Rendering on Mixed-OS farms or in Mixed-OS facilities
Many Qube customers have artists running on one operating system while the render farm runs on another. Some have render farms made up of multiple operating systems. In both cases, rendering becomes a problem as paths are different across operating systems. For example, the path to a Maya scene file on OS X may be "/Volumes/server/projects/foo/maya.mb" whereas the path to the same file on Windows is "X:\Projects\foo\maya.mb" and on Linux is "/media/projects/foo/maya.mb". To complicate matters, the path to the renderer is likely different across operating systems as well.
We have made use of or developed ways of working with heterogeneous facilities: OS-level adaptations, worker-side path translation maps, client-side path translation maps, and "appFinder" jobs. There is a time and a place for each. The details follow:
This is a primary recommended solution. It works in almost all cases except when a job is submitted from Windows and run on another OS (due to the direction of the path separators and/or the leading drive letter) -- For that situation, you will need to set up some form of path translation as described in another section. In all other cases, this will work not only for resolving paths to project files, but also resolving references used within the project file - something that the other methods can not do. You will, however, need to perform these actions on every machine in your render farm individually.
The idea is that you want the path to any file to resolve the same way on all operating systems. For each OS, this is accomplished through the use of symbolic links. In our example above, we described the path to a file "maya.mb" on three OSs:
OS X to Windows example
When an artist is running OS X but the workers are running Windows, you will want to make Windows recognize the OS X path. The job will be sent with the path to the maya file as "/Volumes/server/projects/foo/maya.mb". Keeping in mind that Windows assumes the system drive when no drive letter is given, that path will get a C: prepended to it. We are now working with:
So the differences is c:/Volumes/server - vs - X:. Beyond that, the paths are the same. Our job, then, is to link the two paths through symbolic links. On windows, this is done on the command prompt with mklink:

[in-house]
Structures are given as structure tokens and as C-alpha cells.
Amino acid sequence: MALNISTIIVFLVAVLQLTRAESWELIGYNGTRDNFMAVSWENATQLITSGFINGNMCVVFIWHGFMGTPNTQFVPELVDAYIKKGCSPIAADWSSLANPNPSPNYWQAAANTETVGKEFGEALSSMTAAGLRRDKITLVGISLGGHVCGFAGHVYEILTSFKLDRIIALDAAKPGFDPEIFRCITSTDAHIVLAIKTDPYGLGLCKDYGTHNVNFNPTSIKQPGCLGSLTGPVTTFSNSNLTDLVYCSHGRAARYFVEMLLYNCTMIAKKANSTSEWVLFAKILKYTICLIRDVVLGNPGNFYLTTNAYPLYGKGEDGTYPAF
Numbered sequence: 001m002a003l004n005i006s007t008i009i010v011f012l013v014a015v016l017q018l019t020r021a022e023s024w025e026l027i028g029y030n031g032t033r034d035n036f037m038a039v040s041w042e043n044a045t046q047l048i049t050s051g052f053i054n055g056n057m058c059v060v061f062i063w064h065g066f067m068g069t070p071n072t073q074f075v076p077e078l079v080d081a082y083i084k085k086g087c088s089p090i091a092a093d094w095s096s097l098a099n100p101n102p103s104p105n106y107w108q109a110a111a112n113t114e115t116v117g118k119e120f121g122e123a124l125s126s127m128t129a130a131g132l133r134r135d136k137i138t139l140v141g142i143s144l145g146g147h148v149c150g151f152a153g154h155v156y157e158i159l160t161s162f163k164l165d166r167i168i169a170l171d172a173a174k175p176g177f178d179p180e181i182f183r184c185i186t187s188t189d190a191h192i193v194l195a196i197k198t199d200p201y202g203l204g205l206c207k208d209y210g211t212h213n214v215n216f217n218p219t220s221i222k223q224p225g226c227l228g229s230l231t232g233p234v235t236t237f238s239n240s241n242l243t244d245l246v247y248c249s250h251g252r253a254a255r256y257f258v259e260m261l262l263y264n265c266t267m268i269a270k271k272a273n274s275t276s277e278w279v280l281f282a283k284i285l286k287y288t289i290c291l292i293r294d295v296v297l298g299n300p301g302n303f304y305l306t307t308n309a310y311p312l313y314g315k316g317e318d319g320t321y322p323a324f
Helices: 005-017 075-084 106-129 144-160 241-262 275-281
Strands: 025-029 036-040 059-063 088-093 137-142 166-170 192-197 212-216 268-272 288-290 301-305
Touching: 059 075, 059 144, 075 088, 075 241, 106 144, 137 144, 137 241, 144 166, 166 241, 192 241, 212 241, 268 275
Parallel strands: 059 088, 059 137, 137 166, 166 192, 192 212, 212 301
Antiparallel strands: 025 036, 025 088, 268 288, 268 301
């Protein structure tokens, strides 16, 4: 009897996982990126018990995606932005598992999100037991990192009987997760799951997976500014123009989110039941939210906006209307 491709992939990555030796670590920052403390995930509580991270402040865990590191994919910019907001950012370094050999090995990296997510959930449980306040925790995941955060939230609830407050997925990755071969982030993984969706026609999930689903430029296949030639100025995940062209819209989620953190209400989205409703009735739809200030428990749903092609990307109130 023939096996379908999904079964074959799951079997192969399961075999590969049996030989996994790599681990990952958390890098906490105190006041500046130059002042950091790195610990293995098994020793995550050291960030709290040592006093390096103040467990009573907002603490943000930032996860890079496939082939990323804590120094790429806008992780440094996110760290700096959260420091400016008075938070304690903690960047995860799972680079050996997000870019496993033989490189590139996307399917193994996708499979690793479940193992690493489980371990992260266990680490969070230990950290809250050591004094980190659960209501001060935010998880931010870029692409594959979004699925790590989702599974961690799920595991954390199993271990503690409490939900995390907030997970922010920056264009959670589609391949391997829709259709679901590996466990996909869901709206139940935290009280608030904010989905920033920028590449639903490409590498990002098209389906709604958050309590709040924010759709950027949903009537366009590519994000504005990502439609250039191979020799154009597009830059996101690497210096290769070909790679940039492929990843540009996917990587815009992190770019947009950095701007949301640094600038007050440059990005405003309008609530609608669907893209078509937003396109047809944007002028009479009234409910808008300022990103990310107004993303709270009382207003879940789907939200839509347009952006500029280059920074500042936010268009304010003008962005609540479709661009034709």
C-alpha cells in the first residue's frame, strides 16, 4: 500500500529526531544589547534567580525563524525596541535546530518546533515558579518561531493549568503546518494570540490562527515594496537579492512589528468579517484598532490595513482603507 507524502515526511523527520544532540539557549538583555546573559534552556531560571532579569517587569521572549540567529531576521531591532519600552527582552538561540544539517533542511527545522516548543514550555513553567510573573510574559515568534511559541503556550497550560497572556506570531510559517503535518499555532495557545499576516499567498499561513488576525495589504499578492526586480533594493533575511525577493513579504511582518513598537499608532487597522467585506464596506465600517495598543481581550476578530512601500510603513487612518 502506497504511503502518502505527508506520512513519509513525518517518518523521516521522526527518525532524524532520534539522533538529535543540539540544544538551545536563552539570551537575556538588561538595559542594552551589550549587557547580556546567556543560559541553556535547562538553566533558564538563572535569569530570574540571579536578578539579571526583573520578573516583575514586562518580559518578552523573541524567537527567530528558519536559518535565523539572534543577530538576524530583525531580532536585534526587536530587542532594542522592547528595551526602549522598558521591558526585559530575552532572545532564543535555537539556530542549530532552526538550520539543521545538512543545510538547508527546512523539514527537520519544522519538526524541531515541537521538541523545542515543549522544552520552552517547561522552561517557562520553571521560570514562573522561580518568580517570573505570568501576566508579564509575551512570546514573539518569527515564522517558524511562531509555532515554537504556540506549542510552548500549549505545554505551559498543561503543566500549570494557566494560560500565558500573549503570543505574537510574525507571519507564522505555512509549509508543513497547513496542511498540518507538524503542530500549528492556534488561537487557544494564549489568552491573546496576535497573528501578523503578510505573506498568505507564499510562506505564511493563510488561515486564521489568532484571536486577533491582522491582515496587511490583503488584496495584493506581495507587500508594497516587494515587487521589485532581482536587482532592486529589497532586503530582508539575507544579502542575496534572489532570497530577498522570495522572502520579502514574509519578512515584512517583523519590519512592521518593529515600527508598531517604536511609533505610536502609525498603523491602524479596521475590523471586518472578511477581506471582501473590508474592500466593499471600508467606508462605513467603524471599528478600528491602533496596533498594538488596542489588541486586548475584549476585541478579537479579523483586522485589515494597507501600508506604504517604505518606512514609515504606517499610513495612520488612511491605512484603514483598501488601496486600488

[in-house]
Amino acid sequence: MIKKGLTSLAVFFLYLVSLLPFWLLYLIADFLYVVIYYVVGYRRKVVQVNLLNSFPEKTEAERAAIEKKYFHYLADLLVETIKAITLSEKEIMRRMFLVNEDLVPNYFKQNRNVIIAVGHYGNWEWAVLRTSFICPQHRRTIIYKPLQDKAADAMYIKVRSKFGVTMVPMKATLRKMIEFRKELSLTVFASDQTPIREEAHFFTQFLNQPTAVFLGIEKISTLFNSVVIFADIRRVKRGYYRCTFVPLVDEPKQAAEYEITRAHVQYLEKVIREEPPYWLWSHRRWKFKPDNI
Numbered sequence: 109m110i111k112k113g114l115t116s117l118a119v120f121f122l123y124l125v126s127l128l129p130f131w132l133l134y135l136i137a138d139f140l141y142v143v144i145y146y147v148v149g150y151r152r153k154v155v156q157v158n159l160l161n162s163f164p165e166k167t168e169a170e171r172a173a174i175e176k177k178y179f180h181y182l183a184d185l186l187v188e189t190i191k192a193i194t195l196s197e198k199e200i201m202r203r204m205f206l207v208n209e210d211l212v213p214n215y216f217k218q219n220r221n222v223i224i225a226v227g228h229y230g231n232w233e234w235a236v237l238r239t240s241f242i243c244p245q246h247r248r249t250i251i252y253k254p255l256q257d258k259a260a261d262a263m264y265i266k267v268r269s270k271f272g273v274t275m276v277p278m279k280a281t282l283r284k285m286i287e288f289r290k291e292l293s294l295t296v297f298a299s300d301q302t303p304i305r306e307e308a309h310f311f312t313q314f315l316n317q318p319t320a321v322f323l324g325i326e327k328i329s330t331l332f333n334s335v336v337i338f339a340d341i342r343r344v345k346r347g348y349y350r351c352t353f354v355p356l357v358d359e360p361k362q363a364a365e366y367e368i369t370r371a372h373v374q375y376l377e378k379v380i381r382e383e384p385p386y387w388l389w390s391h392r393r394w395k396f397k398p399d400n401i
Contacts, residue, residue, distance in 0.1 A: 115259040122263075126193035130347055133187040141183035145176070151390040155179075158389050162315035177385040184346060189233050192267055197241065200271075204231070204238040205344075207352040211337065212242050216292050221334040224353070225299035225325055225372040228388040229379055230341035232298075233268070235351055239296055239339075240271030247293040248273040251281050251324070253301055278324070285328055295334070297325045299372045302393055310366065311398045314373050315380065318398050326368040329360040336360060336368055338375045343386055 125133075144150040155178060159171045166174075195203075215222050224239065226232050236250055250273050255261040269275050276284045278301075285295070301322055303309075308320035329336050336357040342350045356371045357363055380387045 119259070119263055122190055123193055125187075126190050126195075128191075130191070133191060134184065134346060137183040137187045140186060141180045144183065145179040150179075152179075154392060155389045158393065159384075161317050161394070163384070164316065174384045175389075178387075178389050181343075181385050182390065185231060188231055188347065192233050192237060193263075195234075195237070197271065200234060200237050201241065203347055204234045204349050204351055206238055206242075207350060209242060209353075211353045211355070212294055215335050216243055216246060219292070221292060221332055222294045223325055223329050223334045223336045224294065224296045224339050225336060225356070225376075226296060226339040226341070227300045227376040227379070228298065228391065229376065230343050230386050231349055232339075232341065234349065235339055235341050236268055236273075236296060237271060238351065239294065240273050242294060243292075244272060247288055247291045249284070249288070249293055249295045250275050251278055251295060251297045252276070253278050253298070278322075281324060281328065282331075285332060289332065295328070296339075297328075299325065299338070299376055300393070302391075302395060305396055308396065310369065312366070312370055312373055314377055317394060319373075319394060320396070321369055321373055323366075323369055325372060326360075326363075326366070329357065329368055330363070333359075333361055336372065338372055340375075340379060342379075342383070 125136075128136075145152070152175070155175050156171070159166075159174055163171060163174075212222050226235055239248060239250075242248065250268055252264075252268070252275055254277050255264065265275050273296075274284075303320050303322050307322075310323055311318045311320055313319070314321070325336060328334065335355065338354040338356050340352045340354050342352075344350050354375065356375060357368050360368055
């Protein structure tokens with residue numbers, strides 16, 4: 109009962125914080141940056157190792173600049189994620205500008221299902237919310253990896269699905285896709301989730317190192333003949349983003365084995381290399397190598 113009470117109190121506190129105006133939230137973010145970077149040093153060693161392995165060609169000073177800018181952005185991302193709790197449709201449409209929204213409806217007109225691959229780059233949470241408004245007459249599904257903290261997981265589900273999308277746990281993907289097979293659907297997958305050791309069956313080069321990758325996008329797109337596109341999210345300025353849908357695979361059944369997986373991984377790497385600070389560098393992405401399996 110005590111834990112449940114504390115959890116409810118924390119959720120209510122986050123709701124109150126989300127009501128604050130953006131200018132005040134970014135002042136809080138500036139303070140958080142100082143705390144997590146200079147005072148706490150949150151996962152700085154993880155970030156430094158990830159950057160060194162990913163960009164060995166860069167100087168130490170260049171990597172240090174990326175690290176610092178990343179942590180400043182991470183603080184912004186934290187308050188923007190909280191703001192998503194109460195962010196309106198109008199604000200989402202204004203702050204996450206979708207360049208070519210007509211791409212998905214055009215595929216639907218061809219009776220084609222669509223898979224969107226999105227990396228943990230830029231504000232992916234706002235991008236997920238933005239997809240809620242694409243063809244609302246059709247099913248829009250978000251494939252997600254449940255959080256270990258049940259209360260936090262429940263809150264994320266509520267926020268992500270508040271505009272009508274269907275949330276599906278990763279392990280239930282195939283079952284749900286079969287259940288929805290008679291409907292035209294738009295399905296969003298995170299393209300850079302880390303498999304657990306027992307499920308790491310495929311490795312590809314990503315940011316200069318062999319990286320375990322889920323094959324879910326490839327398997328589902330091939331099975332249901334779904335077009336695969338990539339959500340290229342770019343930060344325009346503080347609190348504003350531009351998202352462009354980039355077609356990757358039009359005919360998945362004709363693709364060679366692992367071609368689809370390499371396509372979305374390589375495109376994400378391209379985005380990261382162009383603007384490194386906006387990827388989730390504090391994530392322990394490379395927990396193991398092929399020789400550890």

Now you can:
and get the same results each time.
OS X to Linux example
OS X and Linux integration is done in a similar manner. We want to make the OS X path work on the Linux machine. In our example above, the OS X path to maya.mb is "/Volumes/server/projects/foo/maya.mb" whereas the Linux path to that file is "/media/projects/foo/maya.mb". Both paths are the same starting at "projects", therefore, we need to make the OS X directories on the Linux machines with an appropriate symlink, as follows:
Now you can:
and get the same result (note the use of the trailing slash in the first example)
Note that Linux to OS X operates exactly the same way with the same commands - you'll just need to replicate the start of the Linux path on OS X through the terminal.
Worker-side Path Translation
Starting with Qube 6.4-2, path translation can happen at the worker level. This has an advantage over client-side path translation in that each worker can define the appropriate translation maps for itself rather than using a generic map for all machines.
The basic idea here is that we do simple string replacement for paths that are found in the submission dialog. Being that we are only converting submission parameters, any internal references to paths may still be broken. For this type of path translation to work, the application must be using relative paths for assets.
Worker-side path translation is configured in the worker's local qb.conf or in the supervisor's central qbwrk.conf through the worker_path_map variable.
For detailed instructions, see worker_path_map.
To centrally manage worker path maps, see Centralized Worker Configuration
Client-side Path Translation
Client-side path translation is similar to worker-side path translation in that it does a simple find and replace on paths in the submission dialog. Unlike worker-side path translation, client-side path translation happens when the job is submitting, which means you must submit from one OS and render on the same other OS - you cannot render on multiple OSs like you can work worker-side path translation.
Client-side path translation is configured in the GUI's "Path Translation Map" section in the preferences.
To centrally manage client-side path translation, see the section on "Studio wide preferenes" in WV Preferences
The last topic for cross-platofrm rendering is the path to the application itself. Maya, for example, may be in either
C:/Program Files/Autodesk/Maya<ver>, or
/usr/autodesk/maya<ver>, or some other custom location based on the operating system.
Jobtypes have handled this situation for years, but applications that do not have or use jobtypes (like After Effects or Cinema 4D) have not been able to run simultaneously on multiple operating systems until now appFinder jobs were introduced in Qube 6.4-2
The basic idea is that you define (or use) an application key, then define the known location(s) for that application. When submitting, you use the key for the executable field & let the appFinder do the rest.
AppFinder jobs require Python 2.x be installed on the workers. OS X comes with python pre-installed. Linux users can install python through the built-in package manager. Windows users will need to install Python manually. See Installing Python.
For detailed instructions, see AppFinder Jobs